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The Critic's Resource on AntiEvolution

NCSE Evolution Education Update for 2010/04/23

(by NCSE Deputy Director Glenn Branch)

Dear Friends of NCSE,

New articles from Reports of the NCSE are available, while Kentucky's
antievolution bill is dead.


Selected content from volume 29, number 6, of Reports of the National
Center for Science Education is now available on NCSE's website.
Featured are Virginia Yue's report of "A Creationism Row in Hong Kong"
and Beth E. Leuck and Greg Q. Butcher's investigation of "The Effect
of Viewing NOVA's Judgment Day." Plus Keith Thomson reviews Ralph Colp
Jr.'s Darwin's Illness, Timothy H. Goldsmith reviews The Genius of
Charles Darwin (hosted by Richard Dawkins), and Kevin Padian reviews
The Paleobiological Revolution: Essays on the Growth of Modern
Paleontology, edited by David Sepkoski and Michael Ruse.

If you like what you see, why not subscribe to RNCSE today? Featured
in the upcoming issue (volume 30, number 3) are timely articles on
"Americans' Scientific Knowledge and Beliefs about Human Evolution in
the Year of Darwin," by George F. Bishop, Randal K. Thomas, and Jason
A. Wood, and "Teaching Evolution in Muslim States: Iran and Saudi
Arabia Compared," by Elizabeth Burton. And there's history, too:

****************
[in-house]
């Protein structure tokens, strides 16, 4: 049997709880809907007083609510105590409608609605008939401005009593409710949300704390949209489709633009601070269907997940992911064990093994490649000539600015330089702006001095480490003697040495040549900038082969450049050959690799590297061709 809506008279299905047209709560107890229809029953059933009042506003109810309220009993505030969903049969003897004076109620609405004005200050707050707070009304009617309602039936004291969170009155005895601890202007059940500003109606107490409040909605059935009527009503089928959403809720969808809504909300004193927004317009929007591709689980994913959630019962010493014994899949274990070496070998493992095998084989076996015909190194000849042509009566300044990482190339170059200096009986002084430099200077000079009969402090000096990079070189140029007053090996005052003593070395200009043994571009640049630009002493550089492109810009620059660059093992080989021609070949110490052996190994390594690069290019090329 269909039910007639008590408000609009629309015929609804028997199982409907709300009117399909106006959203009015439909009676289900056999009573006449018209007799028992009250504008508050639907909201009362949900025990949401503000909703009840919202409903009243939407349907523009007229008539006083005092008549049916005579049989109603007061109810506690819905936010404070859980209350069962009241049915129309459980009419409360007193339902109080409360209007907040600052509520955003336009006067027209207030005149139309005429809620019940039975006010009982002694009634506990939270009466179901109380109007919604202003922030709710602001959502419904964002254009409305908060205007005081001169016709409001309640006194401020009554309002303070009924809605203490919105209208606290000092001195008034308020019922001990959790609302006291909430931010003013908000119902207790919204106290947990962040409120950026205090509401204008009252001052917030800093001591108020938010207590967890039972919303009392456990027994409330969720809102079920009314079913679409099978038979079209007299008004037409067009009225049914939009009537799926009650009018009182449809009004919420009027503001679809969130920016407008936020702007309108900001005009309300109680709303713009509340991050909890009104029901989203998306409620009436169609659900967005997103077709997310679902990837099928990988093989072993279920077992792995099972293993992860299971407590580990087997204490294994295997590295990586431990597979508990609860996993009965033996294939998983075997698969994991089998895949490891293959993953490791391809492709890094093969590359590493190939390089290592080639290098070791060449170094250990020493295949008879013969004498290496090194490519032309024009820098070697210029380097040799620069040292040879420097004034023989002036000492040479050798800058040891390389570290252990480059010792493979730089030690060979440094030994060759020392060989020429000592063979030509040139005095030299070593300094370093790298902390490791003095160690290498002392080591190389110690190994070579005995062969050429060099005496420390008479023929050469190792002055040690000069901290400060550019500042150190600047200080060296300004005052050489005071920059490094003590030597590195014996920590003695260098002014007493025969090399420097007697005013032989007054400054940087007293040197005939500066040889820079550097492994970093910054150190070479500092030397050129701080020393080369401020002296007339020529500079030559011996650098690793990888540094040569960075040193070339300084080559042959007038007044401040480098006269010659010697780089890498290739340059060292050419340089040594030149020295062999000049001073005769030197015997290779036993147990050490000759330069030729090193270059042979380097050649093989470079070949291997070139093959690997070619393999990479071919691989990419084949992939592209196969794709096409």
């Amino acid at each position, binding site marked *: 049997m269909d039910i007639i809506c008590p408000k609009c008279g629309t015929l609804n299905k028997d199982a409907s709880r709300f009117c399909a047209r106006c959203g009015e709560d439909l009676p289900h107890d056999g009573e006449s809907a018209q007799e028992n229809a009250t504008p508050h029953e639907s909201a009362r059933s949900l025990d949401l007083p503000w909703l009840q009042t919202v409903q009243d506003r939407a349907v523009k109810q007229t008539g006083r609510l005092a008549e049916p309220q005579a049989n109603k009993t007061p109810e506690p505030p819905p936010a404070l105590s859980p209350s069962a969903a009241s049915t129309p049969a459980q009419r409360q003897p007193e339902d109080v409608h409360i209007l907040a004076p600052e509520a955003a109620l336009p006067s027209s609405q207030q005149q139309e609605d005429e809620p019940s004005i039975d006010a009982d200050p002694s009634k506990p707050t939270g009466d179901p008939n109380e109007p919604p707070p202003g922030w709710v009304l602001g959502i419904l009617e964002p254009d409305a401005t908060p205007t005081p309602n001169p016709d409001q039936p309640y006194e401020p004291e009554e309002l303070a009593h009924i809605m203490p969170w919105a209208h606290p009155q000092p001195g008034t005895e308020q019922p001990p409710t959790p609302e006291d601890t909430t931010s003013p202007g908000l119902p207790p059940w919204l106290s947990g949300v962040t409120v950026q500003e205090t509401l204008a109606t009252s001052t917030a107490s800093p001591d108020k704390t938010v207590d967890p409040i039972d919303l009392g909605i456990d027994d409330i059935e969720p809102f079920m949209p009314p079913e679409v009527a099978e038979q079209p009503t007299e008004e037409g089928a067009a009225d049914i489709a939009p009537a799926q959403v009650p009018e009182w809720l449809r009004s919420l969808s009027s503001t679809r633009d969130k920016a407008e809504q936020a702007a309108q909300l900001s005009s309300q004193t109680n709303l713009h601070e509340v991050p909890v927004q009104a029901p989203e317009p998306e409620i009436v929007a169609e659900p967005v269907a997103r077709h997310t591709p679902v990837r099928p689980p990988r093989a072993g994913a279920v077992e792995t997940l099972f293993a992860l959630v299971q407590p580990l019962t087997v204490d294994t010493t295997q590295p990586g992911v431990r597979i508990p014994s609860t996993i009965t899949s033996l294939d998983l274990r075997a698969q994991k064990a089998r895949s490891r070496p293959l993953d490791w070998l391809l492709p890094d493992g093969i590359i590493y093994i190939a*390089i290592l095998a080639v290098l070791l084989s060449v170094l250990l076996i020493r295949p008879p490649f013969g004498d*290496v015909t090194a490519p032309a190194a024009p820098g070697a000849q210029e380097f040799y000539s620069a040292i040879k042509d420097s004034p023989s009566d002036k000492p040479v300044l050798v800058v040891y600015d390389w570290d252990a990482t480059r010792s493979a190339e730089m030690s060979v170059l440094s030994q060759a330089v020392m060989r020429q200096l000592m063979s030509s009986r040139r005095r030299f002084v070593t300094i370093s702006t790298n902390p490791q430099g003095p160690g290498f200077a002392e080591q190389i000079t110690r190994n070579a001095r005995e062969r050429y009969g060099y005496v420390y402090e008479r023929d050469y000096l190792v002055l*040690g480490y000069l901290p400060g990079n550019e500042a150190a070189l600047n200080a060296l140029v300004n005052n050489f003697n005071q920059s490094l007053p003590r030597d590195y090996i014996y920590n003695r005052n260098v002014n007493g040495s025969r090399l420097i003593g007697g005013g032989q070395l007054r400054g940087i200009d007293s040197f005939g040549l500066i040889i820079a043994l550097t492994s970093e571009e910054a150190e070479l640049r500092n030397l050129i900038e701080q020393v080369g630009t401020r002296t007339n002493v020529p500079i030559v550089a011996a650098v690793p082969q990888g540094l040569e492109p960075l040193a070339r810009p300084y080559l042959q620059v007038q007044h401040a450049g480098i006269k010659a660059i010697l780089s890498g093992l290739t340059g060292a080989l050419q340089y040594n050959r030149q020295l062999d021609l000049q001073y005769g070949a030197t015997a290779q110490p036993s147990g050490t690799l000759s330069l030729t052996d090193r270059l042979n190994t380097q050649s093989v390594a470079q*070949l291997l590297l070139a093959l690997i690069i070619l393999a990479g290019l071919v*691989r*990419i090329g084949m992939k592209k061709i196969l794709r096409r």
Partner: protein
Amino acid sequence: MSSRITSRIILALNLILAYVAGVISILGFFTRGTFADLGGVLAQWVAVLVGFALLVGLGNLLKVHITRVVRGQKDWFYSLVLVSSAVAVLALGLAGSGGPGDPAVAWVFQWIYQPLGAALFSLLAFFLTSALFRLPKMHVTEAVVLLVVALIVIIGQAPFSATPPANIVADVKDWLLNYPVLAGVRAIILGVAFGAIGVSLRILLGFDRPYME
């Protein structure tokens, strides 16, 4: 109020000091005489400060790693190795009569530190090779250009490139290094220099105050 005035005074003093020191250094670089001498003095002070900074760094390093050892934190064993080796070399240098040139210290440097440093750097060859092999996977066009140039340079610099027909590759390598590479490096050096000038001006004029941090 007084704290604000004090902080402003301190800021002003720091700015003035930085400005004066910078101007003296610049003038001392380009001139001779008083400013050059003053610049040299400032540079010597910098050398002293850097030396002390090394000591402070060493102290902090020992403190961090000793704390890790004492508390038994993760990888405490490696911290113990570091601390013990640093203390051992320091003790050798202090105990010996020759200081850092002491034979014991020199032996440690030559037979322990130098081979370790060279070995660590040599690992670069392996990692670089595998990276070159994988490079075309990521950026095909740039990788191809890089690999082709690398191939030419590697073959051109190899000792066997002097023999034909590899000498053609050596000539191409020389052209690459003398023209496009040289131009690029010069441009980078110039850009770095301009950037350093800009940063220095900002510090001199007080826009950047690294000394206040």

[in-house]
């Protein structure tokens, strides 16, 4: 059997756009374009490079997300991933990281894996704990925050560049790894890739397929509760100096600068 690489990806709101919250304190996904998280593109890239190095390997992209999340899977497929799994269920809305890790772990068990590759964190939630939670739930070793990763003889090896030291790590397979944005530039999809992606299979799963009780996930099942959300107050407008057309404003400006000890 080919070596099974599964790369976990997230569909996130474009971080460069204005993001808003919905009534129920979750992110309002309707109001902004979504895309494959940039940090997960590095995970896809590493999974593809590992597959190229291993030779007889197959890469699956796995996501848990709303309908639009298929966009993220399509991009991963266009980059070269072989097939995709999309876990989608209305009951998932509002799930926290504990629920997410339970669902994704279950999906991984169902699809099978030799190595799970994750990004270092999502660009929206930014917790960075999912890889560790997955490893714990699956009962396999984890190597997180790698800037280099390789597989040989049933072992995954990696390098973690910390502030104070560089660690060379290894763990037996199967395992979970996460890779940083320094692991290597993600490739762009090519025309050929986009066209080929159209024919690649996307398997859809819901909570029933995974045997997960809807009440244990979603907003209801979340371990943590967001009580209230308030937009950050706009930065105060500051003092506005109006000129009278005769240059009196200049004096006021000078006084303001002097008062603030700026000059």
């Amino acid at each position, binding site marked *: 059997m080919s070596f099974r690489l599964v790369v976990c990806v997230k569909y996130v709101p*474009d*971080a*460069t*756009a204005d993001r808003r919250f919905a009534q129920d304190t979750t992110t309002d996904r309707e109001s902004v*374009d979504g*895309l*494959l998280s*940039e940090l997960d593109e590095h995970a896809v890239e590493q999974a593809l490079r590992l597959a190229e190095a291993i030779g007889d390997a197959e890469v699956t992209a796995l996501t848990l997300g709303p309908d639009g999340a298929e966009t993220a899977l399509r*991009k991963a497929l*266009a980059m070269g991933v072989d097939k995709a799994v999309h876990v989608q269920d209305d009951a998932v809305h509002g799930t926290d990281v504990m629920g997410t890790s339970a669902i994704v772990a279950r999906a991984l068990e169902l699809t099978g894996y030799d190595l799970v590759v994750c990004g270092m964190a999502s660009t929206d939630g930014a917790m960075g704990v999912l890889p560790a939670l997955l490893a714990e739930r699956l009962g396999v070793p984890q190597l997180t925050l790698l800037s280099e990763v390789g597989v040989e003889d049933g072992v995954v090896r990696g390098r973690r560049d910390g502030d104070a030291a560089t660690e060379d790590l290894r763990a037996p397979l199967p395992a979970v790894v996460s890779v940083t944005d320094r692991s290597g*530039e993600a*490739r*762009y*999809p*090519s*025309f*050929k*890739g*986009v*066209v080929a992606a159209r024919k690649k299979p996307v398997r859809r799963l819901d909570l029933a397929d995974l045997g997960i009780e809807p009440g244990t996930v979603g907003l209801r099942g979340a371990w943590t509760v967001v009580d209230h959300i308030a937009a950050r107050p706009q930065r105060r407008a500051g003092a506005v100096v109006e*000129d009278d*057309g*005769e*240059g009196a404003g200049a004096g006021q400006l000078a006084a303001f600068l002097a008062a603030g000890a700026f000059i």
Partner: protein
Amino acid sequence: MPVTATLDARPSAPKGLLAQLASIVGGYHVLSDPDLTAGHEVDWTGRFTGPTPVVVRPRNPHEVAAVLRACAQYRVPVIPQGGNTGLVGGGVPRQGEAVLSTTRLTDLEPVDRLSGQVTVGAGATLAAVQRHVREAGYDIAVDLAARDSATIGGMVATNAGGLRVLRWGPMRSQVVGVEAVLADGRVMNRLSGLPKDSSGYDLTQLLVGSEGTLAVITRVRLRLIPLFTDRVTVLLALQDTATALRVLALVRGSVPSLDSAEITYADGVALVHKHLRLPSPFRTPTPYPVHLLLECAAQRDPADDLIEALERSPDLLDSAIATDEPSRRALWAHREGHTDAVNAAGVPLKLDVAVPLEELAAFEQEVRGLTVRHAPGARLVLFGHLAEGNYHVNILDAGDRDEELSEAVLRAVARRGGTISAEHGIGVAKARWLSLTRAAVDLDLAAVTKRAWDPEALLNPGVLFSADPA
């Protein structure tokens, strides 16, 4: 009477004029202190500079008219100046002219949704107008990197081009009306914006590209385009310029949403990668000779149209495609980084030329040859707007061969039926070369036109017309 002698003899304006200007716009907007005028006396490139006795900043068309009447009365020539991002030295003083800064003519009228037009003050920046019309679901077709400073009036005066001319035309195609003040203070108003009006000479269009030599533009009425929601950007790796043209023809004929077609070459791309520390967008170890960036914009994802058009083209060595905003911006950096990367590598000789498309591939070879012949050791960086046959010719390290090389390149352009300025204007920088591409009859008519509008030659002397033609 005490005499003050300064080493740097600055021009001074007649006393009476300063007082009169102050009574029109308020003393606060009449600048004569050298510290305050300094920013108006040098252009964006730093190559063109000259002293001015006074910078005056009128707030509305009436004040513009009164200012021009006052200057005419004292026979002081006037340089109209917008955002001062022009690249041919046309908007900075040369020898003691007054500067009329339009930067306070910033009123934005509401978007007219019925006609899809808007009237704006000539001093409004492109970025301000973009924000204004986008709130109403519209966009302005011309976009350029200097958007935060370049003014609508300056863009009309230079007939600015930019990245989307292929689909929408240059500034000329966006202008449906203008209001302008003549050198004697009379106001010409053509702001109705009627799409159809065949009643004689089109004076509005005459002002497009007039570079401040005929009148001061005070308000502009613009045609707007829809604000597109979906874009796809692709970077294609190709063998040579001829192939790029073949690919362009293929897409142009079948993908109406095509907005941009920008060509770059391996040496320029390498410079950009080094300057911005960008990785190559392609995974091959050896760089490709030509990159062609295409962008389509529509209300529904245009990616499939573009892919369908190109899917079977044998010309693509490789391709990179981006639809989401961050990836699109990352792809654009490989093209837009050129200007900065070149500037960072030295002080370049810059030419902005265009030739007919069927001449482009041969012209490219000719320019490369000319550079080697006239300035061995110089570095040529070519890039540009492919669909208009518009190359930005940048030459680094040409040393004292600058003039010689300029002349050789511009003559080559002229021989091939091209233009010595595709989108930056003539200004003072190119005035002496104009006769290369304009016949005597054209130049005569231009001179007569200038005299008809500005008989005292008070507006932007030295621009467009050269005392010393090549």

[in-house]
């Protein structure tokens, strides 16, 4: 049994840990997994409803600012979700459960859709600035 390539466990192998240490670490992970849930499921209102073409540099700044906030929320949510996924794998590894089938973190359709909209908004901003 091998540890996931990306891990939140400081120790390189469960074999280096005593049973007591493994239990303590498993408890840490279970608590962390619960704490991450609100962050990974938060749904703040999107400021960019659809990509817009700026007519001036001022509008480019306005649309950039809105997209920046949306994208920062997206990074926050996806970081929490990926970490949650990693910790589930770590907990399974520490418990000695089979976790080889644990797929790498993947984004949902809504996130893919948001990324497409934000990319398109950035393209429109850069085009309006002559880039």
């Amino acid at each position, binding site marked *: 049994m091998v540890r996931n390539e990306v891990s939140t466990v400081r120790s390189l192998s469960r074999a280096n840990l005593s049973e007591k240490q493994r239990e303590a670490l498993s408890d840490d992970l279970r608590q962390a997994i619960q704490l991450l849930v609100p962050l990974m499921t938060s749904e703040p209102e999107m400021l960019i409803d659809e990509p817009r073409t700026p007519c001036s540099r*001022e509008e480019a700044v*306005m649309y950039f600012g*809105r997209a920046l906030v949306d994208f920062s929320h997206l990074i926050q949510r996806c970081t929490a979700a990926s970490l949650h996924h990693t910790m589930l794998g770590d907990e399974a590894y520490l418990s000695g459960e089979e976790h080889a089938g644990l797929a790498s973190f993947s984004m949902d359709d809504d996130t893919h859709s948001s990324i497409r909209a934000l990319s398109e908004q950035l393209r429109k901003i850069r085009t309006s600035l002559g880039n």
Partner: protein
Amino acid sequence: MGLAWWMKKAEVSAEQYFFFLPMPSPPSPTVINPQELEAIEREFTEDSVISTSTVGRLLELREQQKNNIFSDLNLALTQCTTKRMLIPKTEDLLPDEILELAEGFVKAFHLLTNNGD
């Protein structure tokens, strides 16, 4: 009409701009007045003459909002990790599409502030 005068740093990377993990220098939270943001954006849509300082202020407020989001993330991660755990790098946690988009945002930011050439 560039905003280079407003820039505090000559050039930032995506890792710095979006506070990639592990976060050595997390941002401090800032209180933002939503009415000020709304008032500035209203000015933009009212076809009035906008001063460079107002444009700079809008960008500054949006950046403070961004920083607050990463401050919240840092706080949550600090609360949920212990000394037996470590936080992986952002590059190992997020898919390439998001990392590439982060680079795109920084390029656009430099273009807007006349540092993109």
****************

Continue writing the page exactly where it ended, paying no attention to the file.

Shelley Emling discusses the fossil hunter Mary Anning and Randy Moore
discusses the flood geologist George McCready Price. Don't miss out --
subscribe (or renew) today!

For the selected content from RNCSE 29:6, visit: 

For subscription information, visit: 


When the Kentucky legislature adjourned sine die on April 15, 2010,
House Bill 397, the Kentucky Science Education and Intellectual
Freedom Act, died in committee. Modeled on the Louisiana Science
Education Act (Louisiana Revised Statutes 17:285.1), HB 397 would, if
enacted, have allowed teachers to "use, as permitted by the local
school board, other instructional materials to help students
understand, analyze, critique, and review scientific theories in an
objective manner, including but not limited to the study of evolution,
the origins of life, global warming, and human cloning." A minor
novelty in the bill was the phrase "advantages and disadvantages of
scientific theories," a variation on the familiar "strengths and
weaknesses" and "evidence for and evidence against" rhetoric. Kentucky
is apparently unique in having a statute (Kentucky Revised Statutes
158.177) on the books that authorizes teachers to teach "the theory of
creation as presented in the Bible" and to "read such passages in the
Bible as are deemed necessary for instruction on the theory of

For information about Kentucky's HB 397, visit: 

For the text of KRS 158.177 (PDF), visit: 

Thanks for reading! And don't forget to visit NCSE's website -- -- where you can always find the latest news on 
evolution education and threats to it.


Glenn Branch
Deputy Director
National Center for Science Education, Inc.
420 40th Street, Suite 2
Oakland, CA 94609-2509
510-601-7203 x310
fax: 510-601-7204

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